Perhaps the greatest audacity, or insult, of Cuomo’s use of the WEP in 2014 is that he was running against Zephyr Teachout (a woman). Teachout, a Fordham professor who specializes in studying political corruption, was ignored by Cuomo at every turn. During a parade in NYC Cuomo even hid behind New York City Mayor Bill de Blasio and his now-indicted political enforcer Joseph Percoco, to avoid shaking Teachout’s hand. To combat Teachout, Cuomo made Kathy Hochul, his running mate, the unofficial face of the party.
What has the WEP been up to since 2014? In 2015 the group reported having $13,487 on hand. It reported spending $6,656. It reported a debt of over $40,000 to various consulting companies. By 201 6 the party reported having $1,631 on hand. In 2017, the group filed two “no activity” reports with the BOE. They party hasn’t exactly been busy during years Cuomo wouldn’t personally benefit from their existence
This time around it’s going to be a lot harder to get the public to see the WEP as anything other than a shameful pander.
Cuomo hasn’t exactly been ahead of the sexual harassment issue. In 2013, during the height of a sexual harassment scandal in the legislature, Cuomo dismissed the need for more ways for victims to report bad behavior.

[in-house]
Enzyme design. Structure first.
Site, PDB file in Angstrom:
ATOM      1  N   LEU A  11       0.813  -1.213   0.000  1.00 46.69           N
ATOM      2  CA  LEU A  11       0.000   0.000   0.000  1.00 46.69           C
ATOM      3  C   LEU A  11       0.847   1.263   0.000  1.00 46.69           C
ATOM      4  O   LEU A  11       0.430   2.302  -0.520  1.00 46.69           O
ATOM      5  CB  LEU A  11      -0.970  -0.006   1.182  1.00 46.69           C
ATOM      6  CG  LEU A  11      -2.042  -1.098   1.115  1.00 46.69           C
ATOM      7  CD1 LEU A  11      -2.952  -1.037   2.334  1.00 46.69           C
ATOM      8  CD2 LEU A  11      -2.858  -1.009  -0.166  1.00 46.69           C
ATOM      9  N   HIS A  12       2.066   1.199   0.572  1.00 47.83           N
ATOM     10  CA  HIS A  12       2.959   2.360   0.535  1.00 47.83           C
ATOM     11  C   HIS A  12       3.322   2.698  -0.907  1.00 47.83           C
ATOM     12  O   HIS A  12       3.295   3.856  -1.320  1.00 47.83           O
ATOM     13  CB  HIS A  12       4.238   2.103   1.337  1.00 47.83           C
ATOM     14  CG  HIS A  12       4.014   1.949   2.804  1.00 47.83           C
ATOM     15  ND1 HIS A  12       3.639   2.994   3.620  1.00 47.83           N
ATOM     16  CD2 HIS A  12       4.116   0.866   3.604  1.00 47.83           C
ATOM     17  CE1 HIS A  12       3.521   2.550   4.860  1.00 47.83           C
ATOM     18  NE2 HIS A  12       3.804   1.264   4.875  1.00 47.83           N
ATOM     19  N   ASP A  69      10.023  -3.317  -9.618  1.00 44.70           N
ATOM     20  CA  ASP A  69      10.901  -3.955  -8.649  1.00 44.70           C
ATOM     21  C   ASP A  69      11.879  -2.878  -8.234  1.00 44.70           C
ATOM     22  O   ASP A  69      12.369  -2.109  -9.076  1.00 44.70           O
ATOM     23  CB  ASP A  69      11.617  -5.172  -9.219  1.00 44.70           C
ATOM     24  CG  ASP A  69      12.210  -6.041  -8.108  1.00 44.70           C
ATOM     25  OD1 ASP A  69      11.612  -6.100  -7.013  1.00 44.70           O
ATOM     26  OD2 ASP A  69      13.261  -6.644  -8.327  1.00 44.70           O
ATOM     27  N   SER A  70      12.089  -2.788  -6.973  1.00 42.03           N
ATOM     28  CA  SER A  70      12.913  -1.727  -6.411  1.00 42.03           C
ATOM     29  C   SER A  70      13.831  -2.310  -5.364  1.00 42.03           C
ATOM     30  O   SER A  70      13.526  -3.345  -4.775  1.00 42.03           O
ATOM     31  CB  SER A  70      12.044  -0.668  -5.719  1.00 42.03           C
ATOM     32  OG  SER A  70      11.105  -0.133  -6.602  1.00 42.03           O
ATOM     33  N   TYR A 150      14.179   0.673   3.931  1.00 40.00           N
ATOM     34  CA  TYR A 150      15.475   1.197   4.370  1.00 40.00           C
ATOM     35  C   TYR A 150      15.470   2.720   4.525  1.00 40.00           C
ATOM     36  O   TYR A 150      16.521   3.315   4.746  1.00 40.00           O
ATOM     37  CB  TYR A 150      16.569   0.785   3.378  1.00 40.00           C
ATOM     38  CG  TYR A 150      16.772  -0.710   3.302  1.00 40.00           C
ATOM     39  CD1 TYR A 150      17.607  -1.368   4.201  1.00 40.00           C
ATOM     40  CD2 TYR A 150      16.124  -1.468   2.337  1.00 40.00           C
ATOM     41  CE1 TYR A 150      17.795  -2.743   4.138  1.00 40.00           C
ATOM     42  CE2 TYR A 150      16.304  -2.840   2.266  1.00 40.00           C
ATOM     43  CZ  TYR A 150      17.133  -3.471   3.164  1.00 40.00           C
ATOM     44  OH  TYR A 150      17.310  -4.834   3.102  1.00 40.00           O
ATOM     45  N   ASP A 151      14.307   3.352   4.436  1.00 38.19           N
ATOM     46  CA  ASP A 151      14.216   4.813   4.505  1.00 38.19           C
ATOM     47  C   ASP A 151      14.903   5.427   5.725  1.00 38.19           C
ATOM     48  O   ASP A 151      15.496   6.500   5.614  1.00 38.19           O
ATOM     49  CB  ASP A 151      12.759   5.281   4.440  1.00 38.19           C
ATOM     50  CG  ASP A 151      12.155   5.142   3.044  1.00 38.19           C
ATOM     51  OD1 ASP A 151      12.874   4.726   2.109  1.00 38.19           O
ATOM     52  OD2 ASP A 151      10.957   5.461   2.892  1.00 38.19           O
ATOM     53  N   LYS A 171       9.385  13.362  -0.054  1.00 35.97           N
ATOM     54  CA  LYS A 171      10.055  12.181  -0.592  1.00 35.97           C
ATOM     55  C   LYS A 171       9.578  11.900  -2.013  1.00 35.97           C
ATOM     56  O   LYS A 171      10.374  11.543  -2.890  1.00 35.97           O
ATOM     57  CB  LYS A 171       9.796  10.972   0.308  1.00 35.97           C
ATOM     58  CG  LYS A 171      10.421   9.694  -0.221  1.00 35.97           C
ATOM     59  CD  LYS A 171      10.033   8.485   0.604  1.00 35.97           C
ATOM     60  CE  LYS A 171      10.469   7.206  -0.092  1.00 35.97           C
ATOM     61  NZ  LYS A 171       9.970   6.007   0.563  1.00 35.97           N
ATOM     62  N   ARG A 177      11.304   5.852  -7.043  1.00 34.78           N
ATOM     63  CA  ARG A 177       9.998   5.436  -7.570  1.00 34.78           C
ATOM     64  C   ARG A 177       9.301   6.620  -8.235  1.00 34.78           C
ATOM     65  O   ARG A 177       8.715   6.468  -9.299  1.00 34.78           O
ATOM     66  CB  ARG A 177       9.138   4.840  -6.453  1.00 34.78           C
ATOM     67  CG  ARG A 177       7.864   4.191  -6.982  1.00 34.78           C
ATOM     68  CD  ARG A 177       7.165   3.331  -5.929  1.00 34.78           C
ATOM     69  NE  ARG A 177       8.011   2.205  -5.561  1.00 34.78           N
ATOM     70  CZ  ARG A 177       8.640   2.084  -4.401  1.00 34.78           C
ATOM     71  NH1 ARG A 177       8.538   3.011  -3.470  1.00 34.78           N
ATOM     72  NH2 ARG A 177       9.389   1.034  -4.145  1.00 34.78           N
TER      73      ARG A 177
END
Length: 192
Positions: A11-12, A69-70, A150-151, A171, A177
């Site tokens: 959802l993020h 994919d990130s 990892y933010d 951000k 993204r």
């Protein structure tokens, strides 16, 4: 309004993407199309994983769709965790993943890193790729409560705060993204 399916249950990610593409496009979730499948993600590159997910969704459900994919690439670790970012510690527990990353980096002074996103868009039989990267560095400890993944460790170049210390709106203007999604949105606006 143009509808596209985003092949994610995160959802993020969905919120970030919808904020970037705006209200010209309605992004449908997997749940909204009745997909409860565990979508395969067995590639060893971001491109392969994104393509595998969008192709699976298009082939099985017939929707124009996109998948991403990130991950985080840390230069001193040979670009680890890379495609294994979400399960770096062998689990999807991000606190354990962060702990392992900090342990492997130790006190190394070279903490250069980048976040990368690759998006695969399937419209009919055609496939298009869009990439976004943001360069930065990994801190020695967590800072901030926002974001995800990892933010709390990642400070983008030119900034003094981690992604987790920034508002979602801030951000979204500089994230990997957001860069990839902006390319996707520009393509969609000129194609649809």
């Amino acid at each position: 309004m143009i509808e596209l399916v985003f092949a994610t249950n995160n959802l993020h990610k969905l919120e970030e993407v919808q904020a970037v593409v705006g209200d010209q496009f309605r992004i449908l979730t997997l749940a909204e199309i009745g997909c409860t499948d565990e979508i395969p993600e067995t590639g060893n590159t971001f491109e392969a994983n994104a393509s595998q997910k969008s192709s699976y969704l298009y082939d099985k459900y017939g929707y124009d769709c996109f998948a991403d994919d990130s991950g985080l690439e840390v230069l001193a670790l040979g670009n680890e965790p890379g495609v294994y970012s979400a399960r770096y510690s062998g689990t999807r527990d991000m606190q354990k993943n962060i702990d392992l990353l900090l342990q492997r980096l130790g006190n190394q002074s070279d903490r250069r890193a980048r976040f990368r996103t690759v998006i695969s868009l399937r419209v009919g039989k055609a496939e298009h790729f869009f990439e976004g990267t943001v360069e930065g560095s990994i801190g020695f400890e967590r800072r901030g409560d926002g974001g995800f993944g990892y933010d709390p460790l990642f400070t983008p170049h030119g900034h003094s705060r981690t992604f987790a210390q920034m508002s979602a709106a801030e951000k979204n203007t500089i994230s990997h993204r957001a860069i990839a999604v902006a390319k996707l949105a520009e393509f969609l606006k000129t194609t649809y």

“People have different avenues and they have options,” Cuomo told Curtis Schick of WCNY-TV. “They can go to the legislative ethics committee, or whatever you call it, or the legislative leadership. They can talk to a private attorney. They can go to a district attorney. They can call a police officer, right? 911 is an option so all those options are available to a person.”
In State of the State earlier this month Cuomo proposed a new set of rules for the executive and legislative chambers as well as a new whistleblower process to combat sexual harassment.
Cuomo has also come under fire for naming former Assemblyman Sam Hoyt as regional leader of Empire State Development despite the fact Hoyt was disciplined during his time in the Assembly for carrying on a relationship with an intern. Hoyt resigned his position with ESD in October after it was revealed he was being investigated for a claim of sexual harassment made by a non-state employee.
Cuomo was pressed by reporters on the Hoyt situation in December and asked by reporter Karen DeWitt what state government could do differently to deal with sexual harassment. Instead of answering thoughtfully Cuomo pointed the finger elsewhere. “Look, you have it going on in journalism,” Cuomo told DeWitt. “What are you going to do differently?”
He added: “We will have policies in state government, obviously, that affect state government, but I think you miss the point. When you say it’s state government, you do a disservice to women, with all due respect, even though you’re a woman.”
That is why I say this to Governor Andrew Cuomo: With all due respect when you use the Women’s Equality Party, you do a disservice to women. You do a disservice to New Yorkers.